A hydrograph is a graph that shows the discharge overtime at any specific point in time. Time is shown on the x-axis and discharge is shown on the y-axis.
Definition of Unit Hydrograph:
It is a typical hydrograph of direct runoff which gets generated from one centimeter of effective rainfall falling at a uniform rate over the entire drainage basin uniformly during a specific duration. Effective rainfall is that portion of rainfall which fully contributes towards direct runoff. Therefore, unit hydrograph can also be defined as the hydrograph of a drainage basin which gives one centimeter of direct runoff from a rain storm of specific duration.
Assumptions in Unit Hydrograph Theory:
The theory of unit hydrograph is based on certain assumptions.
The main assumptions are following:
(i) The effective rainfall is uniformly distributed over the entire drainage basin.
(ii) The effective rainfall occurs uniformly within its specifier duration.
This requirement calls for selection of storms of so small a duration which would generally produce an intense and nearly uniform effective rainfall and would produce a well defined single peak of hydrograph of short time base. Such a storm can be termed as “unit storm”.
(iii) The effective rainfalls of equal (unit) duration will produce hydrographs of direct runoff having same or constant time base.
(iv) The ordinates of the direct runoff hydrographs having same time base (i.e., hydrographs due to effective rainfalls of different intensity but equal duration) are directly proportional to the total amount of direct runoff given by each hydrograph. This important assumption is called principle of linearity or proportionality or superposition.
(v) The hydrograph of runoff from a given drainage basin resulting, from a given pattern of rainfall reflects all the combined physical characteristics of the basin. In other words the hydrograph of direct runoff resulting from a given pattern of effective rainfall will remain invariable irrespective of its time of occurrence. This assumption is called principle of time invariance.
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(i) In theory, the principle of unit hydrograph is applicable to a drainage basin of any size. In practice, however, uniformly distributed effective rainfall rarely occurs on large areas. Also on large areas effective rainfall is very rarely uniform at all locations, within its specified duration. Obviously bigger the area of the drainage basin lesser will be the chances of fulfilling the assumptions enunciated above. The limiting size of the drainage basin is considered to be 5000 km2.
When the area of the drainage basin exceeds a few thousand km2. The catchment has to be divided into sub-basins and the unit hydrographs developed for each sub-basin. The flood discharge at the basin outlet can then be estimated by combining the sub- basin floods adopting flood routing procedure.
(ii) The unit hydrograph method cannot be applied when appreciable portion of storm precipitation falls as snow because snow-melt runoff is governed mainly by temperature changes.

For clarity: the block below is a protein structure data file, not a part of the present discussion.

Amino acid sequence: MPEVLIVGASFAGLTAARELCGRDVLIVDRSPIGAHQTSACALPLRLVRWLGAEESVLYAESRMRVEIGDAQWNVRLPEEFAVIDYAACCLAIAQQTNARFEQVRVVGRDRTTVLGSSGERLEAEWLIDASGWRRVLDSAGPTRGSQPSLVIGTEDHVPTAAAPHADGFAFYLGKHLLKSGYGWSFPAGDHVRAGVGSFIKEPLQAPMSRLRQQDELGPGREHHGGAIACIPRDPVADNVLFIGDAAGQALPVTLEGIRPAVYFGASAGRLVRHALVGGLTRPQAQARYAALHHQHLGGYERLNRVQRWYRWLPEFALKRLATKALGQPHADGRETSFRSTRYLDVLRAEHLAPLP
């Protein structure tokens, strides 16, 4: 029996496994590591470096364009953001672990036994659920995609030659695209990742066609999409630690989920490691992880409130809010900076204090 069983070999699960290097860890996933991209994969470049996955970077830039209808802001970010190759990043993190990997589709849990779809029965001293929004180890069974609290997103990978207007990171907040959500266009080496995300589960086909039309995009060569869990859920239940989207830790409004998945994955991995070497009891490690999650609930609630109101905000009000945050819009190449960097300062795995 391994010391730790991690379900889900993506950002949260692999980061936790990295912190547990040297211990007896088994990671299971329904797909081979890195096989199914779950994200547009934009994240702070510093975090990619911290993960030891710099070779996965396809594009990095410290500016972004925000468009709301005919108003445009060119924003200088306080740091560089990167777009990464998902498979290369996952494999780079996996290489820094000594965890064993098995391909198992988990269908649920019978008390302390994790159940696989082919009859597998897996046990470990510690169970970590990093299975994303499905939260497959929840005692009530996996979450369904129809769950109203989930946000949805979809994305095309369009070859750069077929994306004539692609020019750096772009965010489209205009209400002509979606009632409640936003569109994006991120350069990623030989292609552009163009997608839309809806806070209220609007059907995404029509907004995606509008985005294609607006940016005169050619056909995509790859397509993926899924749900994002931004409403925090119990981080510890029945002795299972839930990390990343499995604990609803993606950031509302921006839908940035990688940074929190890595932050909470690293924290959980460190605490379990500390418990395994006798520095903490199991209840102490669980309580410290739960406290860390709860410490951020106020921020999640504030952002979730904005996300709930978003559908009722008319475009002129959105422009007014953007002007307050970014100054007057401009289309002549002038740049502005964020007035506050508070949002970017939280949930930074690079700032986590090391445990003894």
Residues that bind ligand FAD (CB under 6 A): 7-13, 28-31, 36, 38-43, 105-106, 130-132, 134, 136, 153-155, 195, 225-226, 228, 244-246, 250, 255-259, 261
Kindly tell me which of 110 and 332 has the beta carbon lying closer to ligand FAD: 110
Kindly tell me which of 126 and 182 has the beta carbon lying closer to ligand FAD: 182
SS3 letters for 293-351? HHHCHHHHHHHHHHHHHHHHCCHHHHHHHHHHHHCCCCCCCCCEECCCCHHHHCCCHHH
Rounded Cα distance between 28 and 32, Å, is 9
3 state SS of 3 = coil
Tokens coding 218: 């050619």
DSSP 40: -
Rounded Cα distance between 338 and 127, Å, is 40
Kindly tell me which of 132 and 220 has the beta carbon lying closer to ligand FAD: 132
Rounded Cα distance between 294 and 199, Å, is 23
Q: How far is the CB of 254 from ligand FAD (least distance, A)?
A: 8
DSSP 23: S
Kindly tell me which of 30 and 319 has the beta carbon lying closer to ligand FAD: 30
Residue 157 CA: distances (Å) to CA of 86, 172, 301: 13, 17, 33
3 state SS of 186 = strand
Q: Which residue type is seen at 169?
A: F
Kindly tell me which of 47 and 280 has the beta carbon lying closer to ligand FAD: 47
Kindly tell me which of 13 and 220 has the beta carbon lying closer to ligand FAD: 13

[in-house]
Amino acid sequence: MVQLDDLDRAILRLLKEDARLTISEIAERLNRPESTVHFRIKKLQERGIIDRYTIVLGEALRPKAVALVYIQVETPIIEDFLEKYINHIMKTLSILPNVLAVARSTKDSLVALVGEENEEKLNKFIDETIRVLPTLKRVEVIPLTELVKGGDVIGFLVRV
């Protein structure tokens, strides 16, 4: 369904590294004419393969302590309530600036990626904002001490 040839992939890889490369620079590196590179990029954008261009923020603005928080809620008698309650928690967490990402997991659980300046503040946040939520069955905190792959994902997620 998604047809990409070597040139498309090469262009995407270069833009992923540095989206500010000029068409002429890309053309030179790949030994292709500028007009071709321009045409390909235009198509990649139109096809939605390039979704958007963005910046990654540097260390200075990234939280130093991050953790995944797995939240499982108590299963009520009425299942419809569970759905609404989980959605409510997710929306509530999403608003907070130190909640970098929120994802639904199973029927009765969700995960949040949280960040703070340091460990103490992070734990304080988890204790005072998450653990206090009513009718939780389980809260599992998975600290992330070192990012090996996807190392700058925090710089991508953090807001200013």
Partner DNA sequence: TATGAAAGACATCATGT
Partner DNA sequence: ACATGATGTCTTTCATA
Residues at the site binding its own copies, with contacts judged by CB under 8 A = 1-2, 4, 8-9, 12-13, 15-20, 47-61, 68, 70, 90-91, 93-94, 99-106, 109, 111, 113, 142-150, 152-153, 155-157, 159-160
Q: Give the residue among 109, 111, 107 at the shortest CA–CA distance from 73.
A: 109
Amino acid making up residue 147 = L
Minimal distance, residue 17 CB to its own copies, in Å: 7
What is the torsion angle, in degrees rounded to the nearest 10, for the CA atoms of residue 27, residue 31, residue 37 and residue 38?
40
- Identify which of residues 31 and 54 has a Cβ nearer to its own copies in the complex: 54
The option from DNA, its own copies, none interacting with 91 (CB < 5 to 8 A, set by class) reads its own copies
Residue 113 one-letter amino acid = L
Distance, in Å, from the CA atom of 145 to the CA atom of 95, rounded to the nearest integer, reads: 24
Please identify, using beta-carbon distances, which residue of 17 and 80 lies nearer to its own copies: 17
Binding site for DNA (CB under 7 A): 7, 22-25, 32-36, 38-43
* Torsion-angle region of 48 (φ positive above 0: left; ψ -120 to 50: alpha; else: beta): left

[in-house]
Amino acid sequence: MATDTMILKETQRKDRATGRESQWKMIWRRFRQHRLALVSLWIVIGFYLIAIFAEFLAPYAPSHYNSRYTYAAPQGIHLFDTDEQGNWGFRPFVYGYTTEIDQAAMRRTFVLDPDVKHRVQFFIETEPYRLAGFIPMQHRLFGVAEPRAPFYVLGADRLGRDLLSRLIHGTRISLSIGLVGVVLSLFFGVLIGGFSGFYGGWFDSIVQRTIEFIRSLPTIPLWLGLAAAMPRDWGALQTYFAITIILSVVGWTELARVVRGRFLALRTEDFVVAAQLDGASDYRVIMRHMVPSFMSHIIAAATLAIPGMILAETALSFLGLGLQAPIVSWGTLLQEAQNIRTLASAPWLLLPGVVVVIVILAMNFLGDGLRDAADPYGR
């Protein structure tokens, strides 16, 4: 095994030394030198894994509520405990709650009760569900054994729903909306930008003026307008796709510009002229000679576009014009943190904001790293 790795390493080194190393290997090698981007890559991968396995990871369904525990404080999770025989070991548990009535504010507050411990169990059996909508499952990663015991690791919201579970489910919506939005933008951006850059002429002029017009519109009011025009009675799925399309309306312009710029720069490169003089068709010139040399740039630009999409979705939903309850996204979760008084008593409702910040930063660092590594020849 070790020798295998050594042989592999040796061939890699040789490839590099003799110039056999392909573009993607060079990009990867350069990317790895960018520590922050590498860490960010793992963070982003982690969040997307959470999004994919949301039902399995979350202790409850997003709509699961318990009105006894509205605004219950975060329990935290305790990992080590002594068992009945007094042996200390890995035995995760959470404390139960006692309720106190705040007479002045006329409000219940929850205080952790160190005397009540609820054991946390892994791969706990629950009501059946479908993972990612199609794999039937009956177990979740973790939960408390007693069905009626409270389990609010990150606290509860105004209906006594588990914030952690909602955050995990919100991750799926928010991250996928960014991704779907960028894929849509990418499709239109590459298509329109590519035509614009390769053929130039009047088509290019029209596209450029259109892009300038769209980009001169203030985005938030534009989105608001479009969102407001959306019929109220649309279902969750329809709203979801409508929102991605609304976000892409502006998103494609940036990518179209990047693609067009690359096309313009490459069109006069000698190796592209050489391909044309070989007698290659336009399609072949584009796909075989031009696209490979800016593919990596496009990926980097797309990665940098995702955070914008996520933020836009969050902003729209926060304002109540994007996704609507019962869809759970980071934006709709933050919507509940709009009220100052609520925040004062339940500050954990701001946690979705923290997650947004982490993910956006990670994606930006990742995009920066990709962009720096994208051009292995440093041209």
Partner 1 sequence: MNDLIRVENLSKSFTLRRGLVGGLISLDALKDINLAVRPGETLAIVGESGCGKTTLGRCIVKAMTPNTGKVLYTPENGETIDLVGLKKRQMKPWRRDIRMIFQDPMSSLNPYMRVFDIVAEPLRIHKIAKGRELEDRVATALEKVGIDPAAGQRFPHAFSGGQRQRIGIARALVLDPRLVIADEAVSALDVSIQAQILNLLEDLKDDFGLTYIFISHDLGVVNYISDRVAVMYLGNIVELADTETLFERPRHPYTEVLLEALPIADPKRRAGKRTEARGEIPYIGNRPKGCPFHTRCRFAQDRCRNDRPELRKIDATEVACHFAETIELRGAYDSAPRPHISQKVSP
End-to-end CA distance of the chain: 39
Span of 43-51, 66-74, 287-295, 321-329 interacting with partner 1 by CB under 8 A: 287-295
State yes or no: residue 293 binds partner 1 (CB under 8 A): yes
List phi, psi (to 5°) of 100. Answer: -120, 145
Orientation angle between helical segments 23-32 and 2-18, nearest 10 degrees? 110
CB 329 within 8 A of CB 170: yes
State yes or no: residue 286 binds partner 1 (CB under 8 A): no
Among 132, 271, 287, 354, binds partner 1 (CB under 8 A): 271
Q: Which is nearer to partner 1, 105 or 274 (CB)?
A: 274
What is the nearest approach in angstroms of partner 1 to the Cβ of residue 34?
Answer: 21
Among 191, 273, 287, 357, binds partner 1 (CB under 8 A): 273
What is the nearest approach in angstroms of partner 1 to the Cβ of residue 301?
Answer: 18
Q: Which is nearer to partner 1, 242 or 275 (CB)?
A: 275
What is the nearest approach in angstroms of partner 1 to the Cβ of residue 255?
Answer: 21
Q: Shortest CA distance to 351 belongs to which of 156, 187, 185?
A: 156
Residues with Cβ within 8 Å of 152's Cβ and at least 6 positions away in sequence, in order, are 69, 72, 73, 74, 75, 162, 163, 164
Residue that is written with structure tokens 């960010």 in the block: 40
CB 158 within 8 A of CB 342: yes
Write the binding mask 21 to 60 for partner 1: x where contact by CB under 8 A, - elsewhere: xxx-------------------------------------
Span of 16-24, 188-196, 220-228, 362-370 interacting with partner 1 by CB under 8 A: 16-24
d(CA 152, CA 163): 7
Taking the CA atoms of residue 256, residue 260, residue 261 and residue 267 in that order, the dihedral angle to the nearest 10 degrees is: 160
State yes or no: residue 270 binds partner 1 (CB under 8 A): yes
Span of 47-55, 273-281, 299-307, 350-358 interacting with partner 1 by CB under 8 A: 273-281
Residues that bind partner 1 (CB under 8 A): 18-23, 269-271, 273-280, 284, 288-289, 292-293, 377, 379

(iii) Also when snow covered area in the drainage basin is significant the unit hydrograph method becomes inapplicable. The reason is that the storm rainfall gets mixed up with the snow pack and may produce delayed runoff differently under different conditions of snow pack.
(iv) The physical basin characteristics change with seasons, man-made structures in the basin, conditions of flow etc. Obviously the principle of time invariance is really valid only when the time and condition of the drainage basin are specified.
(v) It is commonly seen that no two rain storms have same pattern in space and time. But it is not practicable to derive separate unit hydrograph for each possible time- intensity pattern. Therefore, in addition to limiting drainage basin area up to 5000 km2 if storms of shorter duration say 1/3 to 1/4 of peaking time are selected it is seen that the runoff patterns do not vary drastically.
(vi) The principle of linearity is also not completely valid. This is so because due to variability in proportion of surface, subsurface and groundwater runoff components during smaller and larger storms of same duration, the maximum ordinate (peak) of the unit hydrograph derived from smaller storm is smaller than the one derived from larger storm. Obviously the character and duration of recession limb which is a function of the peak flow will also be different. When appreciable non-linearity is seen to exist it is necessary to use derived unit hydrographs only for reconstructing events of similar magnitude.
(vii) The unit hydrograph can be used theoretically to construct a flood hydrograph resulting from a storm having same unit duration. Obviously it necessitates construction of several unit hydrographs to cover different durations of storms. In practice however it is seen that a tolerance of ± 25% in unit hydrograph duration is acceptable. Thus a 2 hour unit hydrograph can be applied to storms of 1.5 to 2.5 hours duration.
The limitation to the theory of unit hydrograph can be overcome to a large extent by remaining within the various ranges and restrictions indicated above.
The unit hydrograph theory has several advantages to its credit which can be summarised as below:
(i) Flood hydrograph can be calculated with the help of very short record of data.
(ii) In addition to peak flow unit hydrograph also gives total volume of runoff and its time distribution.
(iii) The unit hydrograph procedure can be computerised easily to facilitate calculations.
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